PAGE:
We’re home for just a short nine days before taking off again across the pond. And on our “to-do” list is a performance of Gabriel Fauré’s beloved Requiem for the memorial service of our long-time friend, choral conductor Dale Noble who died on March 22. Go back and read my post “Aloha, Dale” for information about Dale’s background in Hawaii and a few of his students’ tributes.
Carl will be conducting the piece as part of the service scheduled for this Saturday, July 5th at Calvary By the Sea Lutheran Church in Aina Haina, which was the Nobles’ home parish while they lived in Honolulu. The service will begin at 4:00 pm with prelude music beginning at 3:30 pm.
We will be performing the chamber version of the work, as edited by John Rutter, with a choir of only 12 singers and a chamber orchestra of 11 players. Guess who’s playing the organ? Here’s what John Rutter himself wrote about this version:
Gabriel Fauré began work on his Requiem in 1887 purely, in his own words, ‘for the pleasure of it’. At the time he was the choirmaster at the fashionable church of the Madeleine in Paris, and the completed first version of the Requiem was first performed there under his direction on 16 January 1888 on the occasion of the funeral service of a certain M. Joseph Le Soufaché. The work continued to be performed in this first version until 1893 when Fauré made an expanded version introducing the Offertoire and Libera me and including parts for bassoons, horns and trumpets. A third version followed – the familiar published one with full orchestra – which received its première in July 1900 at the Trocadéro Palace during the Paris World Exhibition, but it is not clear how much of this score was prepared by Fauré and how much was delegated to one of his assistants. The aim of this edition is to present the Requiem in a form as close as possible to Fauré’s original more intimate concept of the work.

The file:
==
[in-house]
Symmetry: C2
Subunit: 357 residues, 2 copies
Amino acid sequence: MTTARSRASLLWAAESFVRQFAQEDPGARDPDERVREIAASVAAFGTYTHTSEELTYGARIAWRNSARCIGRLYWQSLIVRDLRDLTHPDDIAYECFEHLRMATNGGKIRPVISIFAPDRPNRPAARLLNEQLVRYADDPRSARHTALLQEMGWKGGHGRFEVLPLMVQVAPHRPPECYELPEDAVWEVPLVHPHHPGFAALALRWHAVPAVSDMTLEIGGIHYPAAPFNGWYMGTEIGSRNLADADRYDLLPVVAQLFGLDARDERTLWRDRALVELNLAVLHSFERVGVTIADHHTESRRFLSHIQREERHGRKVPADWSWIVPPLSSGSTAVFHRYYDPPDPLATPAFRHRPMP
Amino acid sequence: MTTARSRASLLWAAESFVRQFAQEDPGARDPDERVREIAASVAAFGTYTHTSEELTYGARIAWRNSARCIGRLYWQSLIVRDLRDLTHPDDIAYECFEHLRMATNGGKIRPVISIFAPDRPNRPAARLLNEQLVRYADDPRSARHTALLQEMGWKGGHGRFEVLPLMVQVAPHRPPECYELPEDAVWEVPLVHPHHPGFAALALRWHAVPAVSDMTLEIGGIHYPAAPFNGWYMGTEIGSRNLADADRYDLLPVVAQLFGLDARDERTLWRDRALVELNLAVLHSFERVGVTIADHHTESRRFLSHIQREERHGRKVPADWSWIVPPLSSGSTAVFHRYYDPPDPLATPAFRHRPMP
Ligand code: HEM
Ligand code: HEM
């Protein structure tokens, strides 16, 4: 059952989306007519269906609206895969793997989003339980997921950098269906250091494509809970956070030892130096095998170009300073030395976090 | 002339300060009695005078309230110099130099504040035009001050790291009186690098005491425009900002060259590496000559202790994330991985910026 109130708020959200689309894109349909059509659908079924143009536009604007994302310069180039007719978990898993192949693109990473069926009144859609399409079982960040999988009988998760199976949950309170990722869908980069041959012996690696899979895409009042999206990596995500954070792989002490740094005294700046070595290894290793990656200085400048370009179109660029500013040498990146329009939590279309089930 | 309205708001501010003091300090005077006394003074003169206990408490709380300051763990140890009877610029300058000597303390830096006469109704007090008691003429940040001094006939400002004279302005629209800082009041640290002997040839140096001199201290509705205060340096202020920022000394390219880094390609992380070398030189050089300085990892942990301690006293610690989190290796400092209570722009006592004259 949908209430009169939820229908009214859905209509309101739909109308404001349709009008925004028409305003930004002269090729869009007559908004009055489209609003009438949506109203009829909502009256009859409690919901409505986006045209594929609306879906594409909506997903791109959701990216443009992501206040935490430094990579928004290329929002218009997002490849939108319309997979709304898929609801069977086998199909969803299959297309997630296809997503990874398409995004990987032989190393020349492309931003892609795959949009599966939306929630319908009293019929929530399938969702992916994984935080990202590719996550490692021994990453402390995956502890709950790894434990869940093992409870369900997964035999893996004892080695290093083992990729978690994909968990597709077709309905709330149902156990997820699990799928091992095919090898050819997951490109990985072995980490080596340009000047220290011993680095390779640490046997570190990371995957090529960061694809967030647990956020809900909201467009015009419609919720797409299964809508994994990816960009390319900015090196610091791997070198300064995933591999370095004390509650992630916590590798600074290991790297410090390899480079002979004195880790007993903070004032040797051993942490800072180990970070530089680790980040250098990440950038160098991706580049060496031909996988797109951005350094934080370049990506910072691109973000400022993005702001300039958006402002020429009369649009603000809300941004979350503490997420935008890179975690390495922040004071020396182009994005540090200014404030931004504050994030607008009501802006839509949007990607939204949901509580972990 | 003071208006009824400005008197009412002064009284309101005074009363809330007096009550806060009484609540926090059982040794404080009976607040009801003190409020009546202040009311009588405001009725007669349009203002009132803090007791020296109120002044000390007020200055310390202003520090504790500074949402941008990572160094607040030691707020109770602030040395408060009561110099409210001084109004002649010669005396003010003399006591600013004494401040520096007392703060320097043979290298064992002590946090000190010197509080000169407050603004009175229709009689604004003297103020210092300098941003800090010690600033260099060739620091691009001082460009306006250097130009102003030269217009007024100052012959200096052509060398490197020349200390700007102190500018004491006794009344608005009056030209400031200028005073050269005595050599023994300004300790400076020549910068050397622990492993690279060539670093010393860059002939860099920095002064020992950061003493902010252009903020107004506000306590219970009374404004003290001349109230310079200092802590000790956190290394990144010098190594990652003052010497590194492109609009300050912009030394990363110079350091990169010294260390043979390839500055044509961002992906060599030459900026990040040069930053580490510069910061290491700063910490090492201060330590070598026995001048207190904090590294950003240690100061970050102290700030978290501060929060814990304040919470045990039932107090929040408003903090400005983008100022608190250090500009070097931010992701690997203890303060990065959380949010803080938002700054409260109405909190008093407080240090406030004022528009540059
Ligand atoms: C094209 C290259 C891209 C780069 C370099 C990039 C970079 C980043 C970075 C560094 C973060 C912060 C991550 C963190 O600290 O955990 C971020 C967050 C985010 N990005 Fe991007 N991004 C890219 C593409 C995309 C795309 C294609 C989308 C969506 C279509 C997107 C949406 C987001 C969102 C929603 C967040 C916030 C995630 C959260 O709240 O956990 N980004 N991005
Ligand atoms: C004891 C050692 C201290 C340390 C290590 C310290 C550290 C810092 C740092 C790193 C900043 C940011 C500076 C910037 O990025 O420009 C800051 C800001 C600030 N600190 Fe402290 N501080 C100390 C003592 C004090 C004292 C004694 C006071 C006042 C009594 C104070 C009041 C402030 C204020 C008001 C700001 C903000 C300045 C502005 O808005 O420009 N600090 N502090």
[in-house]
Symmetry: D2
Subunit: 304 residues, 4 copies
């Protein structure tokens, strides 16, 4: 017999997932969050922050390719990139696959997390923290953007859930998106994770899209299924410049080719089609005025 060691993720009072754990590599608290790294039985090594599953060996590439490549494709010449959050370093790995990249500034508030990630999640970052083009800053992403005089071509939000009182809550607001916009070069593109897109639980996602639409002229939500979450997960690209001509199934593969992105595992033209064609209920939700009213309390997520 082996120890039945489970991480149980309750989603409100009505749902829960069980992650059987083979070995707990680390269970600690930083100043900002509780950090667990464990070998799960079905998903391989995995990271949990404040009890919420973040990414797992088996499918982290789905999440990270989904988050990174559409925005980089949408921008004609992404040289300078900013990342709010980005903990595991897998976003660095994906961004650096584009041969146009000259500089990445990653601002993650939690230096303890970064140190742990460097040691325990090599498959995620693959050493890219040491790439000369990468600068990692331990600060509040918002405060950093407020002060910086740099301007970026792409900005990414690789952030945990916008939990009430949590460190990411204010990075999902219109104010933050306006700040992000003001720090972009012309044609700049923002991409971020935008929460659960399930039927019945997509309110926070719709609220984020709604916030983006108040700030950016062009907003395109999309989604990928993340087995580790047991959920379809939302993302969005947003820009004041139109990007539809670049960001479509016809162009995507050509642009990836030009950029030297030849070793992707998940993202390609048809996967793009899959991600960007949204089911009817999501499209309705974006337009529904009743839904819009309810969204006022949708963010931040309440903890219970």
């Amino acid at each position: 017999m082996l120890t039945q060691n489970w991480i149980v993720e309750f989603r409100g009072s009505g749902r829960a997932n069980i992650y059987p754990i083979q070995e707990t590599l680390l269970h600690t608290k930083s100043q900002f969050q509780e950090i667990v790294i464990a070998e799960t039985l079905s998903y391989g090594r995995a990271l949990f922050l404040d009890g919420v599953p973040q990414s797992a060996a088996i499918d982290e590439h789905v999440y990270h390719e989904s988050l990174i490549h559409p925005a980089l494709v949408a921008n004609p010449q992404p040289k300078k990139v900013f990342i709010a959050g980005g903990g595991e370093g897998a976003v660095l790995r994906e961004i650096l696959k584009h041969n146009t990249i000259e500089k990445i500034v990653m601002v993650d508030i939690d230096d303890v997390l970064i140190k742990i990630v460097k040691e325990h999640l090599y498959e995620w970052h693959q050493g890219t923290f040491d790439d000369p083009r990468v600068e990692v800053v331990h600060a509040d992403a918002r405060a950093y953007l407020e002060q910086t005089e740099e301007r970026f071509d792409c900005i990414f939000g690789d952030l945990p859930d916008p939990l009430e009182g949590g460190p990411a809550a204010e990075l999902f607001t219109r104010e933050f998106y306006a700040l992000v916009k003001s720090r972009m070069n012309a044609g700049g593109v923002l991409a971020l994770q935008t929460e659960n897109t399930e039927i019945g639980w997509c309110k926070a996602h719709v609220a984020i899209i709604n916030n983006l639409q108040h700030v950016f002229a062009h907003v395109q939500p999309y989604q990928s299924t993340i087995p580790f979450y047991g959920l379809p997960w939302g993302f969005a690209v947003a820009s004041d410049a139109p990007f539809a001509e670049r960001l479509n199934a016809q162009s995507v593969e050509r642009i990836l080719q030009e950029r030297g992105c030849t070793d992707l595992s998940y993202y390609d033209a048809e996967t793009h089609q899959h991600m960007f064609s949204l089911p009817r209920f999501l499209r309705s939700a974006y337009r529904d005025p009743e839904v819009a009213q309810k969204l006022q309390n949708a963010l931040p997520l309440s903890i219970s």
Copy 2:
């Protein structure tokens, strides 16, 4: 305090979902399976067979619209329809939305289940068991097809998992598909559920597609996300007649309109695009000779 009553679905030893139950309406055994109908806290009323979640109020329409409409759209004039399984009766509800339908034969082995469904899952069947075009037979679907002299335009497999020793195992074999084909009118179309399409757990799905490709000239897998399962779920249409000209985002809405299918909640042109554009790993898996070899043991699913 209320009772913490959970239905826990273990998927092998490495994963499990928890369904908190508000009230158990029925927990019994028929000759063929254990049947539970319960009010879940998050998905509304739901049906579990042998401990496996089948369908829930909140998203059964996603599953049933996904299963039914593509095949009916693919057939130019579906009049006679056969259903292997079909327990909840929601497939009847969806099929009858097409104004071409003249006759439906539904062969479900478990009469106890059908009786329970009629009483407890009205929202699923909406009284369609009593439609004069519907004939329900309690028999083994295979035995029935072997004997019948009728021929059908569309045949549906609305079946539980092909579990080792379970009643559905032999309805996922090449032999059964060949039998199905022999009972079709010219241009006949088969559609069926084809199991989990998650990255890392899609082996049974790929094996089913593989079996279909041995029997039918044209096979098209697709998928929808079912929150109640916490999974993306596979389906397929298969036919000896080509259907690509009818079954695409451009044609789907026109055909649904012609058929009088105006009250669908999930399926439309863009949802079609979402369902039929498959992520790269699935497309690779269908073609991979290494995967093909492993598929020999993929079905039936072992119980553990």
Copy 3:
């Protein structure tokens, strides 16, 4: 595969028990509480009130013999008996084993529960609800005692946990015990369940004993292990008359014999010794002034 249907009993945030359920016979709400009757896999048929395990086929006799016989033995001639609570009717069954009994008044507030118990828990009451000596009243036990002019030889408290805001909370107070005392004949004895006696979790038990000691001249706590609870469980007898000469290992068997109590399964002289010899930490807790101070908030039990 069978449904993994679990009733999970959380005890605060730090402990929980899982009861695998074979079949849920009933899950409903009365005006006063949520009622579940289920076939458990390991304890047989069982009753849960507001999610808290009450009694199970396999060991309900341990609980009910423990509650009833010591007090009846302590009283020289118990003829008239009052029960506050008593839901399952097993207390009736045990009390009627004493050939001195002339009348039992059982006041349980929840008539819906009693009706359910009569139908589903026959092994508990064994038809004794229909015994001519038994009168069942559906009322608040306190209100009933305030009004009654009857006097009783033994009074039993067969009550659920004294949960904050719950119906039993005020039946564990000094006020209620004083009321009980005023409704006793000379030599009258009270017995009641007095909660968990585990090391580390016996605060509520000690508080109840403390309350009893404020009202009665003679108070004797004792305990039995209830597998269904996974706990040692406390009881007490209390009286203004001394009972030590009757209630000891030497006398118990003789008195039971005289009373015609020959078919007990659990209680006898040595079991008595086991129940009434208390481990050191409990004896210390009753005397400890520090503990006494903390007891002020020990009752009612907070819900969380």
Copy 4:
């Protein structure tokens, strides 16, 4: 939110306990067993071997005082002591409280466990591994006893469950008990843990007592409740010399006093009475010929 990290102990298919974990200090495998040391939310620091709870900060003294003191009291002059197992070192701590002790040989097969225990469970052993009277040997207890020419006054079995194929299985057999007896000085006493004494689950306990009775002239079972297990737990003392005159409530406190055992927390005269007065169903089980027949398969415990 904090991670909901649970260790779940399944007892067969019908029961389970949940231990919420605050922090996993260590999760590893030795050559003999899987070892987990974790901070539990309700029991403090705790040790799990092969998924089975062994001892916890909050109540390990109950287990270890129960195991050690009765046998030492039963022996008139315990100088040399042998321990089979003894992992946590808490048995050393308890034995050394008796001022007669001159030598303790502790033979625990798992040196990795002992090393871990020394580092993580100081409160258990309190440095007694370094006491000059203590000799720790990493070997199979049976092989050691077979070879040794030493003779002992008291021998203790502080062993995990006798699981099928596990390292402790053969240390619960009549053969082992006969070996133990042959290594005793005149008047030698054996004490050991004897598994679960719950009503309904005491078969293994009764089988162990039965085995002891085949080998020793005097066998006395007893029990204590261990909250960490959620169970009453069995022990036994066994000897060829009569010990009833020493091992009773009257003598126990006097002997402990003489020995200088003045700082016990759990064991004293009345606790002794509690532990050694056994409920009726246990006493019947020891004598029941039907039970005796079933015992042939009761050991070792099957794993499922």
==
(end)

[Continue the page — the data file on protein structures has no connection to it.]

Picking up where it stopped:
In a letter to violinist Eugène Ysaÿe, dated August 4 1900, Fauré wrote: “As for the number of voices in the choir, that will naturally depend on the size of the hall where you give your concerts. The work lasts about 30 minutes or 35 at most; altogether it is as GENTLE as I am myself!! and it calls for one quiet bass-baritone, the cantor type, and one soprano.”
I was really interested to read that the full orchestral version of the work was performed at Fauré’s own funeral at La Madeleine church in Paris. I think it is especially poignant to hear a composer’s own work performed at his funeral, as we recently experienced at Peter Hallock’s funeral on May 18th.
We will bid Dale aloha in style!
Here again is the performance of In paradisum as sung by the St. Andrew’s Cathedral choir at the funeral of John McCreary last year: